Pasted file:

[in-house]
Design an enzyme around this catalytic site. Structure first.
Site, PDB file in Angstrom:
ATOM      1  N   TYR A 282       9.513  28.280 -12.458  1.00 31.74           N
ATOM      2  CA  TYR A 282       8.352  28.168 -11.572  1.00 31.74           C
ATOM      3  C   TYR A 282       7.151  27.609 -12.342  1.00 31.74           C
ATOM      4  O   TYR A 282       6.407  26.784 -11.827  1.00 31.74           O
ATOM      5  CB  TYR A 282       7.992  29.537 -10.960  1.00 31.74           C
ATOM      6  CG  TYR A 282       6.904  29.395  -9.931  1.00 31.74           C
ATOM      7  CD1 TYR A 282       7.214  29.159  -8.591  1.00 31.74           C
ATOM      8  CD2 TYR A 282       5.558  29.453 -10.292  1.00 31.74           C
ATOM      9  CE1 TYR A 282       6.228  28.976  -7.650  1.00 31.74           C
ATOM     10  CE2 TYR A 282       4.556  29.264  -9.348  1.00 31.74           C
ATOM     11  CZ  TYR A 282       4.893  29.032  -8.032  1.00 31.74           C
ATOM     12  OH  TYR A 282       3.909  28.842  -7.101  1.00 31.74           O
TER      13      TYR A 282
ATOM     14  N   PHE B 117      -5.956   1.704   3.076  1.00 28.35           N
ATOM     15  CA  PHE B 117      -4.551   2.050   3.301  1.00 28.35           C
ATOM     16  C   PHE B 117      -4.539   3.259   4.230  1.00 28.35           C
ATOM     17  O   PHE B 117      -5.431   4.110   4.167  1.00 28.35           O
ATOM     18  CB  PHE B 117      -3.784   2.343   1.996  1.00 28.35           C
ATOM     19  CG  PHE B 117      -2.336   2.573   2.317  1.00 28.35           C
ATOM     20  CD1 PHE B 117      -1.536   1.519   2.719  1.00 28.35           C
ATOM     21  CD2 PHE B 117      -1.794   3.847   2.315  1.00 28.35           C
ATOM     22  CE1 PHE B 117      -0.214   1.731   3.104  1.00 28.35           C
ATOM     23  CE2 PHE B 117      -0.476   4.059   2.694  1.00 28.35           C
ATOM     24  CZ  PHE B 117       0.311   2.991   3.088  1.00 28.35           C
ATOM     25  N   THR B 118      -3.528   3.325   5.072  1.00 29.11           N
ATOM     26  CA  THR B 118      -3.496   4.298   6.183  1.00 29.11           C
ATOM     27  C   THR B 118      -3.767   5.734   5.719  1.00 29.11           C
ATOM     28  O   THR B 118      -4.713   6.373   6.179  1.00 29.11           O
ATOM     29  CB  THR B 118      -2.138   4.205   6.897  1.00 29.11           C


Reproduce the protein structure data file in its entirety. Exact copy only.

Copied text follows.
[in-house]
Design an enzyme around this catalytic site. Structure first.
Site, PDB file in Angstrom:
ATOM      1  N   TYR A 282       9.513  28.280 -12.458  1.00 31.74           N
ATOM      2  CA  TYR A 282       8.352  28.168 -11.572  1.00 31.74           C
ATOM      3  C   TYR A 282       7.151  27.609 -12.342  1.00 31.74           C
ATOM      4  O   TYR A 282       6.407  26.784 -11.827  1.00 31.74           O
ATOM      5  CB  TYR A 282       7.992  29.537 -10.960  1.00 31.74           C
ATOM      6  CG  TYR A 282       6.904  29.395  -9.931  1.00 31.74           C
ATOM      7  CD1 TYR A 282       7.214  29.159  -8.591  1.00 31.74           C
ATOM      8  CD2 TYR A 282       5.558  29.453 -10.292  1.00 31.74           C
ATOM      9  CE1 TYR A 282       6.228  28.976  -7.650  1.00 31.74           C
ATOM     10  CE2 TYR A 282       4.556  29.264  -9.348  1.00 31.74           C
ATOM     11  CZ  TYR A 282       4.893  29.032  -8.032  1.00 31.74           C
ATOM     12  OH  TYR A 282       3.909  28.842  -7.101  1.00 31.74           O
TER      13      TYR A 282
ATOM     14  N   PHE B 117      -5.956   1.704   3.076  1.00 28.35           N
ATOM     15  CA  PHE B 117      -4.551   2.050   3.301  1.00 28.35           C
ATOM     16  C   PHE B 117      -4.539   3.259   4.230  1.00 28.35           C
ATOM     17  O   PHE B 117      -5.431   4.110   4.167  1.00 28.35           O
ATOM     18  CB  PHE B 117      -3.784   2.343   1.996  1.00 28.35           C
ATOM     19  CG  PHE B 117      -2.336   2.573   2.317  1.00 28.35           C
ATOM     20  CD1 PHE B 117      -1.536   1.519   2.719  1.00 28.35           C
ATOM     21  CD2 PHE B 117      -1.794   3.847   2.315  1.00 28.35           C
ATOM     22  CE1 PHE B 117      -0.214   1.731   3.104  1.00 28.35           C
ATOM     23  CE2 PHE B 117      -0.476   4.059   2.694  1.00 28.35           C
ATOM     24  CZ  PHE B 117       0.311   2.991   3.088  1.00 28.35           C
ATOM     25  N   THR B 118      -3.528   3.325   5.072  1.00 29.11           N
ATOM     26  CA  THR B 118      -3.496   4.298   6.183  1.00 29.11           C
ATOM     27  C   THR B 118      -3.767   5.734   5.719  1.00 29.11           C
ATOM     28  O   THR B 118      -4.713   6.373   6.179  1.00 29.11           O
ATOM     29  CB  THR B 118      -2.138   4.205   6.897  1.00 29.11           C